Flatiron Books: The Guest Book by Sarah Blake

The Last Romantics

Tara Conklin's second novel, The Last Romantics, is a full-bodied drama that explores a family's expanding and contracting dynamics as the characters grow to adulthood following a devastating loss. We meet Renee, Caroline, Joe and Fiona, the Skinner siblings of Bexley, Conn., right after their father, Ellis, dies of a heart attack. Their mother, known to everyone, including her children, as Noni, is only 31. Forced to move from the cozy family home--yellow and cheerful, in a safe section of town with a swing set in the backyard--to a dark, shabby, gray house miles away from their old neighborhood, Noni succumbs to the dual pressures of her husband's death and an unsecure financial future, mentally shutting down, and unable to care for herself or her children.

The youngsters find themselves without any real parental input, a difficult and rowdy interval in their lives that they refer to as the Pause. The Pause is a formative, albeit vulnerable, time for the Skinner children. Their roles and responsibilities vis-à-vis each other take root during the months they spend effectively on their own. Renee is the caretaker and substitute mother, presiding over a chaotic and messy house; Caroline is the frightened, unsure one; Joe's the popular baseball star who bravely protects his sisters; and Fiona is an adventurous tomboy and bookworm.

Noni eventually emerges from her grief stronger and braver. She takes back the reins of motherhood from Renee, finds a job and embraces feminism. The lesson of their father's death, she tells her girls, is to never be financially dependent on a man. Renee absorbs this lesson, focused as she is on her medical career. Caroline rejects her mother's version of feminism, marrying and becoming a mother herself at the age of 19. Joe bypasses the lessons in feminism his mother never thought to teach him and goes on to lead a charmed but sadly unsuccessful life as an alcoholic New York banker. Fiona writes a controversial blog about female sexuality and struggles to establish herself as a poet.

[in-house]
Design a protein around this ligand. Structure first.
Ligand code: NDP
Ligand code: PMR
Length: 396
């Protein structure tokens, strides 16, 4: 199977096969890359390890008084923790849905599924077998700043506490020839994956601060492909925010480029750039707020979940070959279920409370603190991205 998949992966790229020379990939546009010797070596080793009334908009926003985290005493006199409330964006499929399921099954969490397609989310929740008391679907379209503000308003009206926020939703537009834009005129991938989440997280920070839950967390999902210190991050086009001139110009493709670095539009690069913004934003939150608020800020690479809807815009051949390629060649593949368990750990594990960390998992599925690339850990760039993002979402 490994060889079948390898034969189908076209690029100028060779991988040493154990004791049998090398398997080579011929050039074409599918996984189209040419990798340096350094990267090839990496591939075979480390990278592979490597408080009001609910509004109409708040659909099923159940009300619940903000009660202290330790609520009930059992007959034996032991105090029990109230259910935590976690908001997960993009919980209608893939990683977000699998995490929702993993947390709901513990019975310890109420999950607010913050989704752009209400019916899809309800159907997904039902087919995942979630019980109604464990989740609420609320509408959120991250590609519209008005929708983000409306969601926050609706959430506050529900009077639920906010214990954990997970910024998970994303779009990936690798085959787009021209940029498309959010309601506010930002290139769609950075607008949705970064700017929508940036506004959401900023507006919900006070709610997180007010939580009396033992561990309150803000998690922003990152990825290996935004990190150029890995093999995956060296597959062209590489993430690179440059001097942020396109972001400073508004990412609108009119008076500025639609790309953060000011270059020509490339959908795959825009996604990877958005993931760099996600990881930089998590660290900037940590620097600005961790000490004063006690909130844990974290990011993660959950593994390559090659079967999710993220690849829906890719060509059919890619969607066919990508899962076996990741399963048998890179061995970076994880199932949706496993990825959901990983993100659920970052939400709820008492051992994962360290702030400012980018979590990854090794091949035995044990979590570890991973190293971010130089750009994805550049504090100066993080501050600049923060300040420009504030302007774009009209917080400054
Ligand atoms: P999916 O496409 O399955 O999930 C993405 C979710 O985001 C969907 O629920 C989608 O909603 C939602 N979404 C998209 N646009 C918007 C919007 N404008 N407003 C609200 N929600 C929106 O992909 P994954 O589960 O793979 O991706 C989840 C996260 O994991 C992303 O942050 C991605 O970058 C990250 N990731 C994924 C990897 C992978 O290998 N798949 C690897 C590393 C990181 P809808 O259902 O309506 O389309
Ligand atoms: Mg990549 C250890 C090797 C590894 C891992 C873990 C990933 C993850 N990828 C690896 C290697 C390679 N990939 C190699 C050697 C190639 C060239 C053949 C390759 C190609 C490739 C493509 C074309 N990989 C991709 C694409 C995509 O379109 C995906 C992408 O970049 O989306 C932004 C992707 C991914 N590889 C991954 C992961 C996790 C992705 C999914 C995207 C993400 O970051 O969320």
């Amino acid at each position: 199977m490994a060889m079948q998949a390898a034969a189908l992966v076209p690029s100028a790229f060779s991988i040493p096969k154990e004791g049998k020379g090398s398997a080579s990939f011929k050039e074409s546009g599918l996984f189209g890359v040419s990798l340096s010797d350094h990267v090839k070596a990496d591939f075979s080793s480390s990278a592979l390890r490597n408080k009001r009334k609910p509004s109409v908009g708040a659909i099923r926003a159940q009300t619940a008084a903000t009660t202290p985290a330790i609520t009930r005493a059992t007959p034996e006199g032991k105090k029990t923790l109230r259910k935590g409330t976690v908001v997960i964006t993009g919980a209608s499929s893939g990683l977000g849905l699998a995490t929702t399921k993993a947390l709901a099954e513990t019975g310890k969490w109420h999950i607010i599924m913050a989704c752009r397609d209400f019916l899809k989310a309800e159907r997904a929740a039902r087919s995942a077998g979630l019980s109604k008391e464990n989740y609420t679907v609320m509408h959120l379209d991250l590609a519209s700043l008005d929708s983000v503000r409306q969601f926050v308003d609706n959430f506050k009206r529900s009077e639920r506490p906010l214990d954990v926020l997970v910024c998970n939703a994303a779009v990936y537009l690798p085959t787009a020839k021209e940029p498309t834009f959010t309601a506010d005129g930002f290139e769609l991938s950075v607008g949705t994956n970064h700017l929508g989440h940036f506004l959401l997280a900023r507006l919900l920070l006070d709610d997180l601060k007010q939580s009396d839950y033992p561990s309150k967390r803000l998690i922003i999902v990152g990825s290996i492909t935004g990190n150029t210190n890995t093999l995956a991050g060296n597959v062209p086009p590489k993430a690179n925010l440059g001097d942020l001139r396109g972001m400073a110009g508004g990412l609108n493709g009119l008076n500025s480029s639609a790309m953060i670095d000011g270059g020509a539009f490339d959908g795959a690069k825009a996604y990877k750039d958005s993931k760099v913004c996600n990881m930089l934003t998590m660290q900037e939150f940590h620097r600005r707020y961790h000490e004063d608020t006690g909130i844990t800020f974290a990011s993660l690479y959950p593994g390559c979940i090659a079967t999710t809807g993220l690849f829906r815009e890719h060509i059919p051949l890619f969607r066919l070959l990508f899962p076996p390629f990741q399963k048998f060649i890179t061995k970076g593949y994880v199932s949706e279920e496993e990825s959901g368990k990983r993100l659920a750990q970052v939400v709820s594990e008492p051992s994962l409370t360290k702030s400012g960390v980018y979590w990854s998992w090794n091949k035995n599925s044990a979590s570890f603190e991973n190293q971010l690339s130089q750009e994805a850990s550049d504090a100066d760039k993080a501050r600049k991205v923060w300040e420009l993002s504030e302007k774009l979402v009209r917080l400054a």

The unusual narrative format of The Last Romantics is similar to that of Atonement, Ian McEwan's masterpiece, and is equally successful as deployed here. Fiona is our narrator and her story begins in the year 2079, when she is 102 years old, a famous and reclusive poet who consents to one last public appearance. Seated on stage in an auditorium packed with her fans, Fiona marvels at the enduring power of her iconic work, "The Love Poem," the one that catapulted her to fame and continues to inspire generations. When asked about Luna, the poem's muse, she embarks on a story that takes her back to her childhood and eventually to a revelation about the identity of Luna and how her life intersected with the Skinner family.

We learn that as the decades pass and each sibling takes a different life route, their childhood attachments to each other become strained; all four carry scars from the their father's premature death and the Pause. Joe struggles the most, his inner life drastically at odds with the outward trappings of his short-lived success. Conklin tenderly exposes the internal dissonance at Joe's unraveled core: he has the looks, charm and athletic ability to be popular, and life seems easy for him. But it's his fragile emotional life that trips him up. From childhood, he struggled with his responsibilities as the man of the house, never fully developing a sense of self. When Joe falls in love, things start looking up, but unfortunately not for long. His life is a fragile house of cards, one his sisters strive mightily to save from destruction despite Joe's refusal of aid. The siblings' propensity to keep secrets from each other--a habit they picked up during the Pause--doesn't help them.

With this latest offering, Conklin (The House Girl) has proven once again that she is an expert storyteller. The Last Romantics contains all the essential elements of a compelling Greek tragedy, one that also provides a mercifully cathartic release for its emotionally spent main characters and, ultimately, for the reader. The Skinners realize what is truly important to them only when it is lost forever. The lessons they learn, albeit too late, are the inspiration behind Fiona's "The Love Poem" and form the backbone of Conklin's artful exploration of the dynamism behind sibling relationships. The skillful three-dimensional rendering of Joe and his sisters welcomes the reader into the inner sanctum of their preoccupations and rivalries. Intensely moving, The Last Romantics is a thoughtful family drama with exceptional characters at its heart. --Shahina Piyarali